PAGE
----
With the success of ‘Dune,’ Frank Herbert created five sequels for the novel. After his death, his son, Brian Herbert, wrote more of ‘Dune’s’ story by filling the empty spaces left behind in the story of ‘Dune.’ The novel became a franchise so massive that it was called the Duniverse.
‘Dune‘ is a book with a great story and excellent plot. Due to intricate detailing and fluid transitions between dialogues and scenes, ‘Dune’ can retain a grasp on its reader. The story of Paul Atreides was an excellent story that Frank Herbert carved up beautifully. Though Paul was the main character, Frank Herbert tried to retain a wide scope of view and make the reader see a bigger perspective in the novel extending beyond Paul; this made him create an intricate detailing of the characteristics of planets and their organisms.
The interaction of characters with each other is also something that Frank gave his attention to. Frank’s keen sense of detail made him explain scenes with precise measurements, and though this made the book intensely realistic, it also diluted the purpose of some scenes by making the reader focus more on the detail and less on the plot.
‘Dune’ is a book with many characters. From the Emperor to the Baron and Paul Atreides, the novel holds many characters. ‘Dune’s’ number of characters feel natural because of how vast the story setting is, and to make sure the story grasped the attention of the reader, Frank made many characters on each planet to support both the antagonist and protagonist.
‘Dune’s’ characters were strikingly similar to Arabic and Hebrew culture as most words used by Frank were a derivative of both languages. Also, Frank mixed an array of different religions to form the basis of belief for his characters, and things like Jihad of Islamic origin get mentioned in the novel.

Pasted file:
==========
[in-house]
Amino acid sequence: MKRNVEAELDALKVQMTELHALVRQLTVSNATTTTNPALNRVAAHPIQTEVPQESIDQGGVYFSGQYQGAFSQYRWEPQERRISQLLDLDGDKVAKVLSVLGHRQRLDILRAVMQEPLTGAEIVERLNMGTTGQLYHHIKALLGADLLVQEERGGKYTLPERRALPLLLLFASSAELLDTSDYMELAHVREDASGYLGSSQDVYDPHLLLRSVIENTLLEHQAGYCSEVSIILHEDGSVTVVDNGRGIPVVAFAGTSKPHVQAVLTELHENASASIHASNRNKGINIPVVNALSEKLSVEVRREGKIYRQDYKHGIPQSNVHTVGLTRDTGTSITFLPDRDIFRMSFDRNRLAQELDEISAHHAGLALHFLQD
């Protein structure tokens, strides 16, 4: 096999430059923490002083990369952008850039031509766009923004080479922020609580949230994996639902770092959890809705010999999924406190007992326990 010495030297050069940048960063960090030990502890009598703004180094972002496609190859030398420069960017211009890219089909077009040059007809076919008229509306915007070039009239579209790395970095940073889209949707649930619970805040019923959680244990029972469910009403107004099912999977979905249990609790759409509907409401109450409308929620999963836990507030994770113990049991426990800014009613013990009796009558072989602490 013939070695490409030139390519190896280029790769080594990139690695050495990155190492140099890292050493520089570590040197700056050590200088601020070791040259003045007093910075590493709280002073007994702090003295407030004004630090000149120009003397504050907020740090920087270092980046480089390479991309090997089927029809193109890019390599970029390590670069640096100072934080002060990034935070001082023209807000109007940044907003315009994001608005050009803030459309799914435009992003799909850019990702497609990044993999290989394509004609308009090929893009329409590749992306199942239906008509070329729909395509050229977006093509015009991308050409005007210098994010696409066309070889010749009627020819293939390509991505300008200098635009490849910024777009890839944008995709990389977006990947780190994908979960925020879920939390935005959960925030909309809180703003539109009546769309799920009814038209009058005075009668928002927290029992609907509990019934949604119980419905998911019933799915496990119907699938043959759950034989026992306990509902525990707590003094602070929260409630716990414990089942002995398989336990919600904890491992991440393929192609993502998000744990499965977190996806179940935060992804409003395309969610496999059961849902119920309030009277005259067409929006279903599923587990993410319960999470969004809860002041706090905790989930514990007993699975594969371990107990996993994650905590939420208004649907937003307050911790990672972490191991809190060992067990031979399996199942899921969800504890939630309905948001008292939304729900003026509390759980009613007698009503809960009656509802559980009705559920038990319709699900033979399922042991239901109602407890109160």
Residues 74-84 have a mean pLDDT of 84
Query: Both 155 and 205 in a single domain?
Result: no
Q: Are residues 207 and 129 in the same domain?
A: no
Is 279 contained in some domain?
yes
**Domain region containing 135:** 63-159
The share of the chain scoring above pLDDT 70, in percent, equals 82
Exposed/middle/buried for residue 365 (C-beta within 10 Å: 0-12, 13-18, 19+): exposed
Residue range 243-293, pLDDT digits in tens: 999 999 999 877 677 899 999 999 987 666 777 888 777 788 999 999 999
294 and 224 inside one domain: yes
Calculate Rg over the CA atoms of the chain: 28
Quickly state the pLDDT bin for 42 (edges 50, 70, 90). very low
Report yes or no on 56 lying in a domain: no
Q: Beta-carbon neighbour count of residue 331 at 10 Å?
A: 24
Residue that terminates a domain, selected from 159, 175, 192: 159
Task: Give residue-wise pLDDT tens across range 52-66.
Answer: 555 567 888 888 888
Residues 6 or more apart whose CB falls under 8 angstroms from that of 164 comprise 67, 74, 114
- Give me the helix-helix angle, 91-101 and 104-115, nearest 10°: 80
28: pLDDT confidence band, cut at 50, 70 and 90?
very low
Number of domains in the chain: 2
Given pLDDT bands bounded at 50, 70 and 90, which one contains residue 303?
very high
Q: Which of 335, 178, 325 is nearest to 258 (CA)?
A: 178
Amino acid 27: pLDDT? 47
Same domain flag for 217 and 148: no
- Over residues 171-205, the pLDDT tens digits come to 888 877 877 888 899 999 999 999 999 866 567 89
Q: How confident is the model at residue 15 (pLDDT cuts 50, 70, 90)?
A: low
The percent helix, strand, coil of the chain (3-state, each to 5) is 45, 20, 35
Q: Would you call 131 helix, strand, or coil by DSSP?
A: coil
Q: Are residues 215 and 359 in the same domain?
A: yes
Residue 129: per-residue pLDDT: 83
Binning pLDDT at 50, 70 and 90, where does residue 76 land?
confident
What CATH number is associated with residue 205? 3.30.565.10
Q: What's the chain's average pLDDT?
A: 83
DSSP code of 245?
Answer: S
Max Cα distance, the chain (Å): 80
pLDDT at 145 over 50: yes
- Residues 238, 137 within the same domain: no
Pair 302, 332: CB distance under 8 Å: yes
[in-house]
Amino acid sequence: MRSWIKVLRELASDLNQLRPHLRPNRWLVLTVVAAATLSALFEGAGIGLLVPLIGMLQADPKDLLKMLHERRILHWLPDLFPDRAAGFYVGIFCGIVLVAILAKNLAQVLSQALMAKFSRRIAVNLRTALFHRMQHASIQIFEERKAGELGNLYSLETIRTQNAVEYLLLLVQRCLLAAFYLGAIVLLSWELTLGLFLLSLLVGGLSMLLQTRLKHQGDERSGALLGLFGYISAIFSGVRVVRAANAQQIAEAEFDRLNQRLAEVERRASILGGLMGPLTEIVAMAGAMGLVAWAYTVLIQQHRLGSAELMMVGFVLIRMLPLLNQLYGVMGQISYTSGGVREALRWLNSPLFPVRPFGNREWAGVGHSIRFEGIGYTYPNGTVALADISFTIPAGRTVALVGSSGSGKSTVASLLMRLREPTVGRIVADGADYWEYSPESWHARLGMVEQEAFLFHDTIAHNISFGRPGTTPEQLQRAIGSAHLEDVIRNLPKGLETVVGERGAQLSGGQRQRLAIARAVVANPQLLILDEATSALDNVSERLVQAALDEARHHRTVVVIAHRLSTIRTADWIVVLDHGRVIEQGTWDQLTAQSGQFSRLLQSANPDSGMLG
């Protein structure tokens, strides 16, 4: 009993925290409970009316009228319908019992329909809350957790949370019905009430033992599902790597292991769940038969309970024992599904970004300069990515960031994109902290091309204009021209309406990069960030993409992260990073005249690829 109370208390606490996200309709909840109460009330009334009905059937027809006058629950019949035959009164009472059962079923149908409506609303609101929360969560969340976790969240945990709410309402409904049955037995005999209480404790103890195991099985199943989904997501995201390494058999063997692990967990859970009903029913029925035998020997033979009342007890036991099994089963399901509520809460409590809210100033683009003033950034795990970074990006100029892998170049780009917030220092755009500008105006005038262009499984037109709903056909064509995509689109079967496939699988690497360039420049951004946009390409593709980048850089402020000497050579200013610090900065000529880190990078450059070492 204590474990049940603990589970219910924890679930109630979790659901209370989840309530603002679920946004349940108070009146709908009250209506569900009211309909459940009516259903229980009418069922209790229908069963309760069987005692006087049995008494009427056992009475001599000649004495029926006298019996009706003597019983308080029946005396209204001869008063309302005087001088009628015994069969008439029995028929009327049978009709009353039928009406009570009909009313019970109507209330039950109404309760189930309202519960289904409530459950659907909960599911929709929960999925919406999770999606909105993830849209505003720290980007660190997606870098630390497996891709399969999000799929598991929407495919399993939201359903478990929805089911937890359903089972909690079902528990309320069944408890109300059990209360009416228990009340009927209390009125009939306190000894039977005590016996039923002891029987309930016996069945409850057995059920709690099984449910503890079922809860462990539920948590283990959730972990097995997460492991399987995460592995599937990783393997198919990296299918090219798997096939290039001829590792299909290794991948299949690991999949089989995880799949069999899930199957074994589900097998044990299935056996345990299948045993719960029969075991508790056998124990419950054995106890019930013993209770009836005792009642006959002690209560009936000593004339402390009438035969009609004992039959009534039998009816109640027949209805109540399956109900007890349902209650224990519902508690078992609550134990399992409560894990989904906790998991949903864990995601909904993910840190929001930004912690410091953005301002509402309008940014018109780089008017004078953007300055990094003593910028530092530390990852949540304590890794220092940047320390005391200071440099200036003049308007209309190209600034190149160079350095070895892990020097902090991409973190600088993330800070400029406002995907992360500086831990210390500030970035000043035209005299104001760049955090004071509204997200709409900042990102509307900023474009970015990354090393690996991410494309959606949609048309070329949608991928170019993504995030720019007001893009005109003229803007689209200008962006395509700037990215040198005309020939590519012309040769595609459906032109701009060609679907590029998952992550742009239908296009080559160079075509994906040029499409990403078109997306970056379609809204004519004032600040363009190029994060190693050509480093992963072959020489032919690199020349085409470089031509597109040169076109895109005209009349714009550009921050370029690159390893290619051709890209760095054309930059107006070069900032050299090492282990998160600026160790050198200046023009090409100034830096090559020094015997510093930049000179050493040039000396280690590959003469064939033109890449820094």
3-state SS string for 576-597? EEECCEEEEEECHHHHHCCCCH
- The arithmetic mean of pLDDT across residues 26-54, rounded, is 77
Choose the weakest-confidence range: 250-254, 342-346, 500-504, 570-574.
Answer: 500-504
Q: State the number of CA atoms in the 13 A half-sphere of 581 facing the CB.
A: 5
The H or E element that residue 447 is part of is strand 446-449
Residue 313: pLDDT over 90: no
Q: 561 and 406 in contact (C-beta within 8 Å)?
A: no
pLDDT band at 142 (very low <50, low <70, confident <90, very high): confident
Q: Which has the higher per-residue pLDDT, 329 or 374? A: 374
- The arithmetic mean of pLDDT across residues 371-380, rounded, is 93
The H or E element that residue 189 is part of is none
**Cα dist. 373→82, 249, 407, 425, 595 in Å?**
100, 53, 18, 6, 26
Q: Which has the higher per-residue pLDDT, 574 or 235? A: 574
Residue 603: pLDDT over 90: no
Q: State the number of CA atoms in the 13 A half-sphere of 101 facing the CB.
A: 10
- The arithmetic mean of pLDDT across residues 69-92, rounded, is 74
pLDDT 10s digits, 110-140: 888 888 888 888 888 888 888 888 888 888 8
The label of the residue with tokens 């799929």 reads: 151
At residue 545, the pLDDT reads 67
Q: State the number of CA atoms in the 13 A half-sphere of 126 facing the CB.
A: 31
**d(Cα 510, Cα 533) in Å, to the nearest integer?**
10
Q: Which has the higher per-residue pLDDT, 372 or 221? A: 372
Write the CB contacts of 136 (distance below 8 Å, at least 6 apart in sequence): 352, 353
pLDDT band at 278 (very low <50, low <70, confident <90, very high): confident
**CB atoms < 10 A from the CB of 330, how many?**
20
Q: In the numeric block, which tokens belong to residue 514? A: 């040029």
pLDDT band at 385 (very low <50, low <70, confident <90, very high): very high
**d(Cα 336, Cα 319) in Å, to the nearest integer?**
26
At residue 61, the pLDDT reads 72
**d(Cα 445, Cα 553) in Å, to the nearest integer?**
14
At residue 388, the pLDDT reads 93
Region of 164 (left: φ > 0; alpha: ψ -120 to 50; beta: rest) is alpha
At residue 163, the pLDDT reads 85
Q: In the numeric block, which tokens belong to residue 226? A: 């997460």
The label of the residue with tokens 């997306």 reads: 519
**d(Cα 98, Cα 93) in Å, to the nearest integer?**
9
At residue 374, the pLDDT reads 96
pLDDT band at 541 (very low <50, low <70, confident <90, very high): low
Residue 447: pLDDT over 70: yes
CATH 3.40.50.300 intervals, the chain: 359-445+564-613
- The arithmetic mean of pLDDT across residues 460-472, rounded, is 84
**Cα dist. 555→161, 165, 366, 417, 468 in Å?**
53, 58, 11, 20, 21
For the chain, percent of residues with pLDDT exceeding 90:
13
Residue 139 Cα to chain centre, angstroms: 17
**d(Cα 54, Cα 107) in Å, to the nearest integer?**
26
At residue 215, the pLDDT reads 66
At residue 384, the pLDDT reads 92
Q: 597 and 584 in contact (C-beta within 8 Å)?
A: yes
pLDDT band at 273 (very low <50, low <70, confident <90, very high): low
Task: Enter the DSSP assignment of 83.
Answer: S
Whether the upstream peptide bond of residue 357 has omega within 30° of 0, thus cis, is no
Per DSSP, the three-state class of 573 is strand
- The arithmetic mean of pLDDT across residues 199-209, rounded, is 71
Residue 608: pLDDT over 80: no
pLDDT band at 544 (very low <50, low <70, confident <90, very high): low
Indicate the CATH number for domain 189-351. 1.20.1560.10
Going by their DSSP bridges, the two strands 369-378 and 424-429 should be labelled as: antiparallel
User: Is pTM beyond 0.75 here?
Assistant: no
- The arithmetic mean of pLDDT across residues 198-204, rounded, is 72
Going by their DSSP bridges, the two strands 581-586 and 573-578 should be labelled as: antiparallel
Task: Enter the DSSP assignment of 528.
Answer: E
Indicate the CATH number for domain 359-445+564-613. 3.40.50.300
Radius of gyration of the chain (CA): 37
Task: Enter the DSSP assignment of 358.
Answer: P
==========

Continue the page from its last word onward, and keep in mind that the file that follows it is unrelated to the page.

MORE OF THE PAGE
The dialogues of ‘Dune’ feel natural even though the literary elements used are unique. Frank Herbert’s craftiness of words made dialogues in ‘Dune’ fluid and captivating. Imbibing ideologies on politics and religion, a reader may notice the passion in every word spoken by a character; this remarkable feat achieved by Frank makes a character feel alive.
Writing Style and Conclusion
Though the literature of ‘Dune’ is fundamentally different from traditional books, Frank Herbert used the third-person perspective for writing; this made him create the story in a way that immerses the reader and makes them feel like an omniscient being watching as the entire story unfolds. As for the conclusion, though ‘Dune’ was not Frank’s last book on Paul Atreides’s life, it had a satisfying ending that leaves a lasting impression on the reader.
With its fantastic story, great characters, fluid dialogues, and captivating description of events, ‘Dune’ is a novel worth reading.
Was Dune rated a great book?
Yes, ‘Dune’ has a positive rating of 9.7 out of 10 from the Fantasy book review.
Is Dune by Frank Herbert worth reading?
Yes, ‘Dune’ is a novel worth reading as it talks of consequence and how politics affects ecology.
Is Dune the best sci-fi book?
Winning the Hugo award in 1966, ‘Dune’ has become an iconic novel in the world of science fiction. It is the most successful sci-fi book to this day and its influence on science fiction is almost unmatched.
Dune Review: Power, Politics, Religion, and Spice
Lasting Effect on Reader
‘Dune’ is a novel that tells the story of young Paul Atreides, whose father gets killed over control of planet Arrakis, the only source of Melange or Spice, a drug-like substance crucial to humanity’s continuation. After the death of his father, Paul and his mother escape into the desert, where Paul’s destiny begins.
- Incredibly adventurous story
- Great dialogues
- Excellent characters
- Use of too much detail